Parkhurst worked as a stable hand for Ebeneezer Balch first in Worcester, Massachusetts, then in Providence, Rhode Island, and later in the "What Cheer Stables" at the back of the Franklin House Inn in Providence for several years.

About 1849, James E. Birch (entrepreneur) and Frank Stevens went to California and consolidated several small stage lines into the California Stage Company. Parkhurst moved there and started to work for them. Shortly after arriving, he lost the use of one eye after a kick from a horse. He had a reputation as one of the finest stage coach drivers on the west coast.

Parkhurst retired from driving some years later in Watsonville, California. After trying lumbering, cattle ranching, and raising chickens in Aptos, California, he moved into a small cabin near Watsonville. Parkhurst died there on December 18, 1879, due to tongue cancer.

1868 vote

The Santa Cruz Sentinel for October 17, 1868, lists Charles Darkey Parkurst on the official poll list for the election of 1868. There is no record that Parkhurst actually cast a vote. If a vote was cast, Parkhust may have been the first assigned female at birth person to vote in California.

Local legend and Parkhurst's gravestone claims that Parkhurst was the first "female" in the United States to vote. This is incorrect as a few states allowed women to vote before 1868. The fire station in Soquel, California, has a plaque that reads: "The first ballot by a woman in an American presidential election was cast on this site November 3, 1868, by Charlotte (Charlie) Parkhurst who masqueraded as a man for much of her life. She was a stagecoach driver in the mother lode country during the gold rush days and shot and killed at least one bandit. In her later years she drove a stagecoach in this area. She died in 1879. Not until then was she found to be a woman. She is buried in Watsonville at the pioneer cemetery."

Posthumous revelation

When Parkhurst died in 1879, neighbors came to the cabin to lay out the body for burial and discovered that Parkhurst's body looked unexpectedly female. Rheumatism and cancer of the tongue were listed as causes of death. The examining doctor established that Parkhurst had given birth. A trunk in the house contained a baby's dress.

On January 9, 1880, the New York Times obituary read "Thirty Years in Disguise: A Noted Old Californian State-Driver Discovered. After Death. To be a Woman":

    ...(December 28, 1879), in a little cabin on the Moss Ranch, about six miles from Watsonville, Charley Parkhurst, the famous coachman, the fearless fighter, the industrious farmer and expert woodman died of the cancer on his tongue. He knew that death was approaching, but he did not relax the reticence of his later years other than to express a few wishes as to certain things to be done at his death. Then, when the hands of the kind friends who had ministered to his dying wants came to lay out the dead body of the adventurous Argonaut, a discovery was made that was literally astounding. Charley Parkhurst was a woman, a perfectly formed, fully developed woman...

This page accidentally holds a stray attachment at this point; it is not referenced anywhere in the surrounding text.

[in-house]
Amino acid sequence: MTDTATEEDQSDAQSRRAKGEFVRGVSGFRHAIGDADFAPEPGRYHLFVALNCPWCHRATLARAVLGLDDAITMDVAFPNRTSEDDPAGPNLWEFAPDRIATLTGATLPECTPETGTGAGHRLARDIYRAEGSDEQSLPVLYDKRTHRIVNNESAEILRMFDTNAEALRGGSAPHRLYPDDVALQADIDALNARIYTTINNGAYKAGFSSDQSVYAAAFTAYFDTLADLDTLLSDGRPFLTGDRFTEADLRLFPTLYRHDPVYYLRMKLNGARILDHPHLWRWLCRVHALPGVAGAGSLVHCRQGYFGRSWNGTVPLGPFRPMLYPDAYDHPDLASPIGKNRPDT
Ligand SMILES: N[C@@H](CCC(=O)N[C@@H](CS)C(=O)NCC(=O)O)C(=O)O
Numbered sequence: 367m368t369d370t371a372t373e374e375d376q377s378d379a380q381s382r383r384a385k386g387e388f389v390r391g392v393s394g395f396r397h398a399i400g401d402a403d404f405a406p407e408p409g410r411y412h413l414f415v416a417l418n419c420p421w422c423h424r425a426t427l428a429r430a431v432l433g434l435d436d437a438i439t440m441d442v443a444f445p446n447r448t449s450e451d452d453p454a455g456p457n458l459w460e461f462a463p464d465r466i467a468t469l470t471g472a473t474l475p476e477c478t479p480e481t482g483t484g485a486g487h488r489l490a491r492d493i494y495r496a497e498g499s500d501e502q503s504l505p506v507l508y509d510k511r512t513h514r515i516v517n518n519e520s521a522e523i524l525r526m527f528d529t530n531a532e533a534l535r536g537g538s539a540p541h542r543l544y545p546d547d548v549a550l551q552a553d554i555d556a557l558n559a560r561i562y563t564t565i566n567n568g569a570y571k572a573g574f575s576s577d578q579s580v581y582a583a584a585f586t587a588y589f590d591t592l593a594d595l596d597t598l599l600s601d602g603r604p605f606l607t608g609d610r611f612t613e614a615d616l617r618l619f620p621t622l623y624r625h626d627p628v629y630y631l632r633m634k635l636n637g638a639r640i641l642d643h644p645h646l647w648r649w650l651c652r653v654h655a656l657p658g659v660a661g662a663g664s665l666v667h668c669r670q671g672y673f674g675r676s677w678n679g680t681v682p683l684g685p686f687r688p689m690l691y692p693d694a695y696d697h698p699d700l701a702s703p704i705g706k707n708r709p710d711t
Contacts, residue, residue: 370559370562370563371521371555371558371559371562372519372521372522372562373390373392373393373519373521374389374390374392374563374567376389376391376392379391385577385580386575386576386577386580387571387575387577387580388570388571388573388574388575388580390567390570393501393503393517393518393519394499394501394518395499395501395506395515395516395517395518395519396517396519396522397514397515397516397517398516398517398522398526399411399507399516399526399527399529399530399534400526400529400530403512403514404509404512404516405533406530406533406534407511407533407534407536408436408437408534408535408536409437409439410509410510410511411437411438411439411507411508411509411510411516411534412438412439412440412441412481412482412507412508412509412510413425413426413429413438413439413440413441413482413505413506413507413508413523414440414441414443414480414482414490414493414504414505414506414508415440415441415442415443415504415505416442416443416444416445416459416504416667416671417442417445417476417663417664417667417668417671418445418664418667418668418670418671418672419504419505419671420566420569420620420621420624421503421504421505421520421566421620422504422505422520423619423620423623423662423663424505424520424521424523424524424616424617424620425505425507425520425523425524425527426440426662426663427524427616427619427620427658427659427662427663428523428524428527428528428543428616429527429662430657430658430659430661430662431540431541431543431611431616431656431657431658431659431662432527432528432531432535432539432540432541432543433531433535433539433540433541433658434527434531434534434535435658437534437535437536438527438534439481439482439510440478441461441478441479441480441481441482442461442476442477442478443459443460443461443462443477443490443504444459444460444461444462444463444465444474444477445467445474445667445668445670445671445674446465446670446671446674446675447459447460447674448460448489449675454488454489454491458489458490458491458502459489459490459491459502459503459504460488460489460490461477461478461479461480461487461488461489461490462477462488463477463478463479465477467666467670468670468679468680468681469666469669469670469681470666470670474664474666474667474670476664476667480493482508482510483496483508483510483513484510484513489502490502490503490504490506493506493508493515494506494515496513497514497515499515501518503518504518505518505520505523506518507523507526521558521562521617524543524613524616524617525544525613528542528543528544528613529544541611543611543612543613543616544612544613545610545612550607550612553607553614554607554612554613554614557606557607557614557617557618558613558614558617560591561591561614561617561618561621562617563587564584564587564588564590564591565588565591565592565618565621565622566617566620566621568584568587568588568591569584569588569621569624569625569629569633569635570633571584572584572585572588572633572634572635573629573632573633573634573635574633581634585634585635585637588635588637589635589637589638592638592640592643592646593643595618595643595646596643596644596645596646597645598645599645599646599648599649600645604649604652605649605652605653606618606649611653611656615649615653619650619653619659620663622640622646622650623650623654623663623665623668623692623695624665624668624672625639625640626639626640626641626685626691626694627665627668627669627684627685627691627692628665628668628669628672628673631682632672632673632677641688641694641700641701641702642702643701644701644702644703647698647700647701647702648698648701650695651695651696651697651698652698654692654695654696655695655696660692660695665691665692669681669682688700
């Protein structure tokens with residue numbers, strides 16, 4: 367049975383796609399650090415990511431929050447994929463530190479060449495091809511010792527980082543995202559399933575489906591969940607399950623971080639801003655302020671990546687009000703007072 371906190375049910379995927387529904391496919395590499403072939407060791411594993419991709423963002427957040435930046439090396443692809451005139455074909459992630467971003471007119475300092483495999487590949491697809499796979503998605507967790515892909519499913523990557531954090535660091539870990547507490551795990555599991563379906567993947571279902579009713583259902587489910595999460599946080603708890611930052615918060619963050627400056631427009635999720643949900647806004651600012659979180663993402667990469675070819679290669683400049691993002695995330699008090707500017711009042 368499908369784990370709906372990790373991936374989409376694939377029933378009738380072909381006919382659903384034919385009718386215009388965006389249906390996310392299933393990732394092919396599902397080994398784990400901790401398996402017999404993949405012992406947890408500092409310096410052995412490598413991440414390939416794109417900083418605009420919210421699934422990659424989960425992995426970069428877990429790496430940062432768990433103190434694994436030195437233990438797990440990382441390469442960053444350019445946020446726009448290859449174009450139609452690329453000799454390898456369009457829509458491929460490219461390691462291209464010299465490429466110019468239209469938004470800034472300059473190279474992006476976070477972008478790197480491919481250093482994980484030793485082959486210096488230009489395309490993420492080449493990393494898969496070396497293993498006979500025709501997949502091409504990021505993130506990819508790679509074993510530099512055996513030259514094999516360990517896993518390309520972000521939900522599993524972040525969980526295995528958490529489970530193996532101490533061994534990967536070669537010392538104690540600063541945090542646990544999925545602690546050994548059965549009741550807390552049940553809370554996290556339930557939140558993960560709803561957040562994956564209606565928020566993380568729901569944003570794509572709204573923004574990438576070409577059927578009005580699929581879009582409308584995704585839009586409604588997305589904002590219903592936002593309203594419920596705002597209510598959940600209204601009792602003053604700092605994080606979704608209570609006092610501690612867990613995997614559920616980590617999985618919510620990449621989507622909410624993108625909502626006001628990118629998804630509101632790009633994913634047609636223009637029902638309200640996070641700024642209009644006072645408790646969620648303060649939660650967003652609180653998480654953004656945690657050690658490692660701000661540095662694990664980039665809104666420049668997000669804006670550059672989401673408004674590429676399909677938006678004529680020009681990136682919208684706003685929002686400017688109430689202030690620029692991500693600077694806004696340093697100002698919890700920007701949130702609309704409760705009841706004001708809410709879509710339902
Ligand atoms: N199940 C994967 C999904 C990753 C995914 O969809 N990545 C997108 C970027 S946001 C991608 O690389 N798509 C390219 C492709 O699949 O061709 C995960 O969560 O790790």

On December 28, 1879, the San Francisco Morning Call reported Parkhurst's death without mentioning the post-mortem discovery:

    He was in his day one of the most dexterous and celebrated of the famous California drivers ranking with Foss, Hank Monk, and George
    Gordon, and it was an honor to be striven for to occupy the spare end of the driver's seat when the fearless Charley Parkhurst held the reins
    of a four-or six-in hand...

In 1955, the Pajaro Valley Historical Association erected a monument at Parkhurst's grave, which reads:

    Charley Darkey Parkhurst (1812-1879) Noted whip of the gold rush days drove stage over Mt. Madonna in early days of Valley. Last run 
    San Juan to Santa Cruz. Death in cabin near the 7 mile house. Revealed 'one eyed Charlie' a woman. First woman to vote in the U.S. 
    November 3, 1868.

In 2007, the Santa Cruz County Redevelopment Agenc oversaw the completion of the Parkhurst Terrace Apartments, located a mile along the old stage route from the place of his death.
Literary adaptations

Actress Karen Kondazian wrote a historical fiction novel The Whip based on the true story of Charley Parkhurst, published by Hansen Publishing Group (2012).

Children's book author Pam Muñoz Ryan wrote a fictionalized biography of Charley Parkhurst's life titled Riding Freedom.